This interdisciplinary collection addresses the position of minorities in democratic societies, with a particular focus on minority rights and recognition. For the first time, it brings together leading international authorities on ethnicity, nationalism and minority rights from both social and political theory, with the specific aim of fostering further debate between the disciplines. In their introduction, the editors explore the ways in which politics and sociology can complement each other in unravelling the many contradictory aspects of complex phenomena. Topics addressed include the constructed nature of ethnicity, its relation to class and to 'new racism', different forms of nationalism, self determination and indigenous politics, the politics of recognition versus the politics of redistribution, and the re-emergence of cosmopolitanism. This book is essential reading for all those involved in the study of ethnicity, nationalism and minority rights.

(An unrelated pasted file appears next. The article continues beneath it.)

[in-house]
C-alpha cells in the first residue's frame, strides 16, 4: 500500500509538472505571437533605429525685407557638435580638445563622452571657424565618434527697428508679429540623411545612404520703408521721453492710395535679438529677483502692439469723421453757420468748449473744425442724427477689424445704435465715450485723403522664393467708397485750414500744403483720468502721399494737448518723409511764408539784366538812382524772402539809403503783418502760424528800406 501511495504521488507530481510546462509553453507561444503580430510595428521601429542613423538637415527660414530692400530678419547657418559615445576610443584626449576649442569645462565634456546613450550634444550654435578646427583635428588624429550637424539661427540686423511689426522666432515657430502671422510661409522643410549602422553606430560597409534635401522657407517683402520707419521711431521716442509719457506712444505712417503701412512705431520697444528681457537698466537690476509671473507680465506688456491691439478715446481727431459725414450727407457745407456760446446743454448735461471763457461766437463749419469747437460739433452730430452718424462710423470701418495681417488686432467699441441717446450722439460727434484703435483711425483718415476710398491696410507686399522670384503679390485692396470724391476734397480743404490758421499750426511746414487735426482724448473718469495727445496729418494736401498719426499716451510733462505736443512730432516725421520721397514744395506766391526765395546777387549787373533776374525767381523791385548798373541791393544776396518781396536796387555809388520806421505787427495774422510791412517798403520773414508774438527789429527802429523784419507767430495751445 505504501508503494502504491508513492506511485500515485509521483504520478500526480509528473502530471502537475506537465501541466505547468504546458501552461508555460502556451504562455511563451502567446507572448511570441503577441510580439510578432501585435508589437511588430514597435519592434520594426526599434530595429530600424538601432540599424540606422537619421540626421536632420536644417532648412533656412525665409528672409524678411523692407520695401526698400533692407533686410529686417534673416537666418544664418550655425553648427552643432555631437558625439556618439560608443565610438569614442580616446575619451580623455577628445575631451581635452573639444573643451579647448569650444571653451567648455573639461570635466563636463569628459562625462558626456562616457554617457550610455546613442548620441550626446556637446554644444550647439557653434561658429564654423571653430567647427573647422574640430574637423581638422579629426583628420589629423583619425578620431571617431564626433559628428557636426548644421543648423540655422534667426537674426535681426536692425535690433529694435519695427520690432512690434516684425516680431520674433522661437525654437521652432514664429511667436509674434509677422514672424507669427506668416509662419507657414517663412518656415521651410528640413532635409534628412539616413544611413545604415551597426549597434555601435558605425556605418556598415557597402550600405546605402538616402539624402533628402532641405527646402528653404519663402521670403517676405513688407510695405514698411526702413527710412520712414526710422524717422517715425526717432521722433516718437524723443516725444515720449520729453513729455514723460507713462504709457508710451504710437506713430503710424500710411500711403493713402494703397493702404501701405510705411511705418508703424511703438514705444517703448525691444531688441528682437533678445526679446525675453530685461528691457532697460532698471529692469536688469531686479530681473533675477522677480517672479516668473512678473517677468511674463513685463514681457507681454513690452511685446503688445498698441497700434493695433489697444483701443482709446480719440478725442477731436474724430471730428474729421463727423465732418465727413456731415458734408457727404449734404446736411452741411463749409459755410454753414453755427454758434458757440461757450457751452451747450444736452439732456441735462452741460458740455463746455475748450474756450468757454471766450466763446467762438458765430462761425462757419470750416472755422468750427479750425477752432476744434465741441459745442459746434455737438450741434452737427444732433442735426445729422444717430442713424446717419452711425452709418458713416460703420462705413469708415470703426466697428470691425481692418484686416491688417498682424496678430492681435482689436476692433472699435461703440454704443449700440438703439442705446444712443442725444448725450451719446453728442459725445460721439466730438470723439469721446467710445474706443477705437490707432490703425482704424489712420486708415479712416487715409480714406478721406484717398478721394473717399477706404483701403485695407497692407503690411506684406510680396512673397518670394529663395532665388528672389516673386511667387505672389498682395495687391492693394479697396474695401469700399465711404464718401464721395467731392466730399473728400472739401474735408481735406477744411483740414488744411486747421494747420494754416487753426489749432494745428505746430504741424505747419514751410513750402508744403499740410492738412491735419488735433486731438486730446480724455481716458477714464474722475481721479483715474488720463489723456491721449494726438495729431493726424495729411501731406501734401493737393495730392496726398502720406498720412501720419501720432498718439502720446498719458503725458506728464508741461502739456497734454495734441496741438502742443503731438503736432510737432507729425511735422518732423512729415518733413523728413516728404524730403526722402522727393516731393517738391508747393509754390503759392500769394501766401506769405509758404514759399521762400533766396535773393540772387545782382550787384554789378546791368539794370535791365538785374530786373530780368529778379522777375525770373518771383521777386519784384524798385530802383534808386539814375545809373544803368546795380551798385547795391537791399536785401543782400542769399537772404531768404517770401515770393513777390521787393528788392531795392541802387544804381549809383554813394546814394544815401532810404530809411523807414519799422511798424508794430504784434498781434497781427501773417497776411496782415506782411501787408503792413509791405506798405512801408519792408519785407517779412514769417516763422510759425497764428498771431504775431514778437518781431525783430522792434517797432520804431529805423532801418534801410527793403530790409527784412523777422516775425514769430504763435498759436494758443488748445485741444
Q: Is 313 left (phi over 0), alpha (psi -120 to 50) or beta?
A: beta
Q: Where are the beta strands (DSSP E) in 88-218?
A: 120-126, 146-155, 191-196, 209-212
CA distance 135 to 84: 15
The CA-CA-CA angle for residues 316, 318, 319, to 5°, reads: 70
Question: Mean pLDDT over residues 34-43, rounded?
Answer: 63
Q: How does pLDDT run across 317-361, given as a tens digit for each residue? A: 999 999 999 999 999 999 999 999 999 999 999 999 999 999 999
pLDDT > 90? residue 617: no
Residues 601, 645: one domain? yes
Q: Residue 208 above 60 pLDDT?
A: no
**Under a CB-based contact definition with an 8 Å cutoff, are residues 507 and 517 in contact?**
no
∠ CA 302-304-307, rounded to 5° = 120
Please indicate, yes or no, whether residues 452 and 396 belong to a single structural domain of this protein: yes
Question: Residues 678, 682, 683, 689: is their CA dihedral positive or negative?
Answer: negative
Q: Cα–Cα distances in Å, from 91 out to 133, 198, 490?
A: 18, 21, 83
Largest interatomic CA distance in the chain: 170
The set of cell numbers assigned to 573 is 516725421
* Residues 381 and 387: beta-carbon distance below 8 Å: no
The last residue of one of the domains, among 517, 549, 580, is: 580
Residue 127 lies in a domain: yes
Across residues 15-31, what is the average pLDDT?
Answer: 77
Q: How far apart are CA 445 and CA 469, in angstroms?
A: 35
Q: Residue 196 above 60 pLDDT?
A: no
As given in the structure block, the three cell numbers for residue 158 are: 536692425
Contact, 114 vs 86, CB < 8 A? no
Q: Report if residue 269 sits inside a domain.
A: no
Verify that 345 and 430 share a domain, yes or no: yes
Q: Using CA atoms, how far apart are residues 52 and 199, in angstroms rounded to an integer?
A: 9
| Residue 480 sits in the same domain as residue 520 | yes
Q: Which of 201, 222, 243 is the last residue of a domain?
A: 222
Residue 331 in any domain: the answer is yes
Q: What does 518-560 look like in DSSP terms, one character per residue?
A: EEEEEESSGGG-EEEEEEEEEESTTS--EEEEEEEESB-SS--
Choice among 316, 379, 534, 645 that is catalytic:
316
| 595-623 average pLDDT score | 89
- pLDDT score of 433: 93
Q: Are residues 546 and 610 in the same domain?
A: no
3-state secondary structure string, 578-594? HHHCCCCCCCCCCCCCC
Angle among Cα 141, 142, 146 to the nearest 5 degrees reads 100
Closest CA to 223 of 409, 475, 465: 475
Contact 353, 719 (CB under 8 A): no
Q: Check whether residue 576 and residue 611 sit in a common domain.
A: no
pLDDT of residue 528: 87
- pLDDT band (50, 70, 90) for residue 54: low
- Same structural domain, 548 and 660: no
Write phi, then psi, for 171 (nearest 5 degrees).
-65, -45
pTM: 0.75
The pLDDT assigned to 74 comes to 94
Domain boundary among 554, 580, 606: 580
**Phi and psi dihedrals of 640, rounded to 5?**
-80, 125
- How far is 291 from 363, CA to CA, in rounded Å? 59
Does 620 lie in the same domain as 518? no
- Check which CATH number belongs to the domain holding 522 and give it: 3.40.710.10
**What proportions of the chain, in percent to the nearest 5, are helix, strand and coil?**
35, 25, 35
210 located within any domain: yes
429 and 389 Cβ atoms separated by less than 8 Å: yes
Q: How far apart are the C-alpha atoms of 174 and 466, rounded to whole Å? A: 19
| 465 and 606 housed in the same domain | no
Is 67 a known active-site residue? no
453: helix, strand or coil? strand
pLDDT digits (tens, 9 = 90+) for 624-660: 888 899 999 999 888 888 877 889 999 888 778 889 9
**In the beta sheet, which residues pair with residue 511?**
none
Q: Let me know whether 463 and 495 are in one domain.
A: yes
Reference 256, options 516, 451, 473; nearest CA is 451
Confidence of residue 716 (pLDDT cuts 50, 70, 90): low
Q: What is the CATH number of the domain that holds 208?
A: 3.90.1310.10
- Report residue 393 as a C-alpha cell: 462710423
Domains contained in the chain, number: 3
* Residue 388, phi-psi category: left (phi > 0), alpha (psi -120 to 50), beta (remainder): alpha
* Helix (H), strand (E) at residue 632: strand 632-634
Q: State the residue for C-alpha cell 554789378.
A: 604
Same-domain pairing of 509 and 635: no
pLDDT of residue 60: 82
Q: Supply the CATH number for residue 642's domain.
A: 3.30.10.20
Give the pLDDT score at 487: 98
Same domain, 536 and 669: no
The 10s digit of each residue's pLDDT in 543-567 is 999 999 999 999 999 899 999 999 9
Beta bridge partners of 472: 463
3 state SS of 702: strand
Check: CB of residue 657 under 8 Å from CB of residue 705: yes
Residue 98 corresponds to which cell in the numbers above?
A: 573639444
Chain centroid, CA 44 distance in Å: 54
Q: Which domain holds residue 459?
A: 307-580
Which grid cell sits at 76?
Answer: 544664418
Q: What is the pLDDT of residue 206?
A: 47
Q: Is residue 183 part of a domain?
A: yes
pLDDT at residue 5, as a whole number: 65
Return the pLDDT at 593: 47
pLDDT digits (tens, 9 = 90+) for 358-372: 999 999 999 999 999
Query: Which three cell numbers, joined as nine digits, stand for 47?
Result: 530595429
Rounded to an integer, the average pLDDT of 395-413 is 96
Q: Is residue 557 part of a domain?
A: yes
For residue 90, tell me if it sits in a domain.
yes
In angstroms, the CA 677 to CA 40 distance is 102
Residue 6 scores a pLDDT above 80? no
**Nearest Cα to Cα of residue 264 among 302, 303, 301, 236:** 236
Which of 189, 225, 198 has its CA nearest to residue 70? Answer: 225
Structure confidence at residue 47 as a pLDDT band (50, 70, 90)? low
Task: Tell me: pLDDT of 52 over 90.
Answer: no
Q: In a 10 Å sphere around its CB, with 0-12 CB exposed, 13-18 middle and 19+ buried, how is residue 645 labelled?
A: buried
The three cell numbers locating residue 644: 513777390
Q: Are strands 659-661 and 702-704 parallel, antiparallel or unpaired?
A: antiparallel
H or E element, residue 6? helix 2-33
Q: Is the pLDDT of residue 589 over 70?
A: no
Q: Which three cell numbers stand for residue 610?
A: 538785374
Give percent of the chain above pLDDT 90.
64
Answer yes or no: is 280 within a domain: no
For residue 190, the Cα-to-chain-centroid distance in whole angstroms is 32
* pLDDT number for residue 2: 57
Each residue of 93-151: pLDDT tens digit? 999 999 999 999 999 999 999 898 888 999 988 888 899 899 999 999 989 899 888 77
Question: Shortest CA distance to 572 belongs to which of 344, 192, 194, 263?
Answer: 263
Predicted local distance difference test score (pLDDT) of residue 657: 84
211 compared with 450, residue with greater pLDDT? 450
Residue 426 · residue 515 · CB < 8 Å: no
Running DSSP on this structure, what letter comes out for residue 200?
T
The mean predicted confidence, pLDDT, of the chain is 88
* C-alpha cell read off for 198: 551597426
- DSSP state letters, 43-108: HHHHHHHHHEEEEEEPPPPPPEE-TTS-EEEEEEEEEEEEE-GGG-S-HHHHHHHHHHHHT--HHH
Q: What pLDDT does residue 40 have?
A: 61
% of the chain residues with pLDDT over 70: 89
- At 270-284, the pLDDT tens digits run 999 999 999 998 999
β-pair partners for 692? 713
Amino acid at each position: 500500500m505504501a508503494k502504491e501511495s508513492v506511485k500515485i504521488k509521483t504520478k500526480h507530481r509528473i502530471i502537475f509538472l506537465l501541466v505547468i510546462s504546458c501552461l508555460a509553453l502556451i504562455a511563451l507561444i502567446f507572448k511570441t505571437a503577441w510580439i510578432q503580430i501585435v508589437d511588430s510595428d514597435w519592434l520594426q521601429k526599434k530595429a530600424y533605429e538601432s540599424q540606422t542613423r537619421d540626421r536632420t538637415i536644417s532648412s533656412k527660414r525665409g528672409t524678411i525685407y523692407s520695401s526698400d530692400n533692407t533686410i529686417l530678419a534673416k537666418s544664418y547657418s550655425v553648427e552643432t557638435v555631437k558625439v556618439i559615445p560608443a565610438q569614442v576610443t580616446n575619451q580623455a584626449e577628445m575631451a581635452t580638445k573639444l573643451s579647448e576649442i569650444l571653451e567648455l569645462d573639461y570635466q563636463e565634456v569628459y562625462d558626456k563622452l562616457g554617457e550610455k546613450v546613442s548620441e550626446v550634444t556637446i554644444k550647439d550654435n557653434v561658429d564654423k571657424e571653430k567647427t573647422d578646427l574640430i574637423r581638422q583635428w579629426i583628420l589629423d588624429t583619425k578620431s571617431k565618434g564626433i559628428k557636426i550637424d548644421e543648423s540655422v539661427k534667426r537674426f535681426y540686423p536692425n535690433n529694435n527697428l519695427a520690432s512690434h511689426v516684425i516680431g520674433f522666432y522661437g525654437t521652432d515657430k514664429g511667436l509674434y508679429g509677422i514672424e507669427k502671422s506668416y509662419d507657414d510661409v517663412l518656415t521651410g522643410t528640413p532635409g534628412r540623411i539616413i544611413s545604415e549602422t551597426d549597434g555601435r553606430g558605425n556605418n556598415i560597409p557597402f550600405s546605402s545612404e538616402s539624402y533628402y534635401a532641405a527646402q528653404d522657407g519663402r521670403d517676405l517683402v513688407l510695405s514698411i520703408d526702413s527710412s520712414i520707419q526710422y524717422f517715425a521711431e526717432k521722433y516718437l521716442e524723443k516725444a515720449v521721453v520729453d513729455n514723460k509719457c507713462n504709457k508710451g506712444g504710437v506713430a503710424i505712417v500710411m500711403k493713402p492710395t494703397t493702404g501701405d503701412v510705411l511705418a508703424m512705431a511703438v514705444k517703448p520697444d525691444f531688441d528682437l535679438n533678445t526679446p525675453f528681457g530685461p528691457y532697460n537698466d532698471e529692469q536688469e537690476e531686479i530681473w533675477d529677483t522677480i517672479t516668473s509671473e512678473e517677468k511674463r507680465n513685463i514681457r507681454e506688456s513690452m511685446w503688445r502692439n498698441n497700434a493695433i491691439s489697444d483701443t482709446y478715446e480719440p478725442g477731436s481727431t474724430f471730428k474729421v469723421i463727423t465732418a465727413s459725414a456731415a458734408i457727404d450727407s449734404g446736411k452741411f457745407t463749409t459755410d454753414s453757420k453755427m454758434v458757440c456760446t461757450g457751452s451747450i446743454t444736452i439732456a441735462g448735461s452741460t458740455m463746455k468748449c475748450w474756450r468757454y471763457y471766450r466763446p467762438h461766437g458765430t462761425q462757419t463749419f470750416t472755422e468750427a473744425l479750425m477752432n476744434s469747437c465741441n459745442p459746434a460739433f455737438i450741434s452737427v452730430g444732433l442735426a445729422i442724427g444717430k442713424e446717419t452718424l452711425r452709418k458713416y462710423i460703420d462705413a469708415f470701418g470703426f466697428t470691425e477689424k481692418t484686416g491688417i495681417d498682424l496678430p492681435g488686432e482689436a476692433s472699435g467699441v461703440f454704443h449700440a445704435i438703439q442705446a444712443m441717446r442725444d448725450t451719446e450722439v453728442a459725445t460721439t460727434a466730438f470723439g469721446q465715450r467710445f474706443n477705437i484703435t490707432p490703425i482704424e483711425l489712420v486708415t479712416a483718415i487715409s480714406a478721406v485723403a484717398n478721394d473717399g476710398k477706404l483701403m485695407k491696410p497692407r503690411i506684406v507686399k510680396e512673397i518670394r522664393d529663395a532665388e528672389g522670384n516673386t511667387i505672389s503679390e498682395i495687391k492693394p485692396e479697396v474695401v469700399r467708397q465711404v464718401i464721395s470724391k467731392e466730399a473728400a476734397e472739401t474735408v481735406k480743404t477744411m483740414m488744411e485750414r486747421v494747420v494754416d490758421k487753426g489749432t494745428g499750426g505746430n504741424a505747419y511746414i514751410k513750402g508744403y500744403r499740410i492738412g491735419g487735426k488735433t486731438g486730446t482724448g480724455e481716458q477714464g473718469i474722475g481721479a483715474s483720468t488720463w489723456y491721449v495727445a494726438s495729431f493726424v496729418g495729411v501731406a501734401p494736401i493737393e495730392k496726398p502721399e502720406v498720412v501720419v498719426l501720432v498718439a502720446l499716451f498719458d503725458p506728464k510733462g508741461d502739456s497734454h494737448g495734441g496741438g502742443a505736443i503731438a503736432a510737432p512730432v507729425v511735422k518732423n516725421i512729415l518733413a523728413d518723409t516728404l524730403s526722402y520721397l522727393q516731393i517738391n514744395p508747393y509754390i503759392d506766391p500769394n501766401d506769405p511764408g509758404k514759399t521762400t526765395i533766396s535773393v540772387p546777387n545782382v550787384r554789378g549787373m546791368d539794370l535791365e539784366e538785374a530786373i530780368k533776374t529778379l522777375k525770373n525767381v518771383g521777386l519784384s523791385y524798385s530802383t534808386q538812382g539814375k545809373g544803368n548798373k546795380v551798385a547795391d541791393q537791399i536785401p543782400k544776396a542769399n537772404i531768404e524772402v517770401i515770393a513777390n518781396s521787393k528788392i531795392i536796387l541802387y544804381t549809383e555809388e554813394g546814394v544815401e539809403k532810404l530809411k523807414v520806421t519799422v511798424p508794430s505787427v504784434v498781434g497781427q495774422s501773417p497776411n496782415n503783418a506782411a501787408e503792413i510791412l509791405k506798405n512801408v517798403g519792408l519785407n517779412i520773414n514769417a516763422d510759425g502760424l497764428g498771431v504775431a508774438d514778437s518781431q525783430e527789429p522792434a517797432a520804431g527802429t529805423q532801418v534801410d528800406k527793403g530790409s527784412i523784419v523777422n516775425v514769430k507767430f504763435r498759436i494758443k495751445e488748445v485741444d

• Unique interdisciplinary approach, establishing dialogue between political and social theory in particular • Contributors include many of the leading figures in the field • Addresses issues of key importance to all societies in the 21st century
1. Ethnicity, nationalism and minority rights charting the disciplinary debates Stephen May, Tariq Modood, and Judith Squires; Part I. Ethnicity and Ethnic Groups: 2. Ethnicities and multiculturalisms: politics of boundaries Jan Nederveen Pieterse; 3. Ethnicity without groups Rogers Brubaker; 4. Ethnicity, class and the 1999 Mauritian riots Thomas Hylland Eriksen; 5. Black nationalism and African American ethnicity: the case of Afrocentrism as civil religion Patricia Hill Collins ; Part II. The State and Minority Claims: 6. New nationalisms and collective rights: the case of South Asia T. K. Oommen; 7. Justice and security in the accommodation of minority nationalism Will Kymlicka; 8. Two concepts of self determination Iris Marion Young; Part III. New Directions: 9. Recognition or redistribution: a misguided debate Bhikhu Parekh; 10. Borders, boundaries and the politics of belonging Nira Yuval-Davis; 11. Cosmopolitanism is not enough: reflections after 9/11 Craig Calhoun.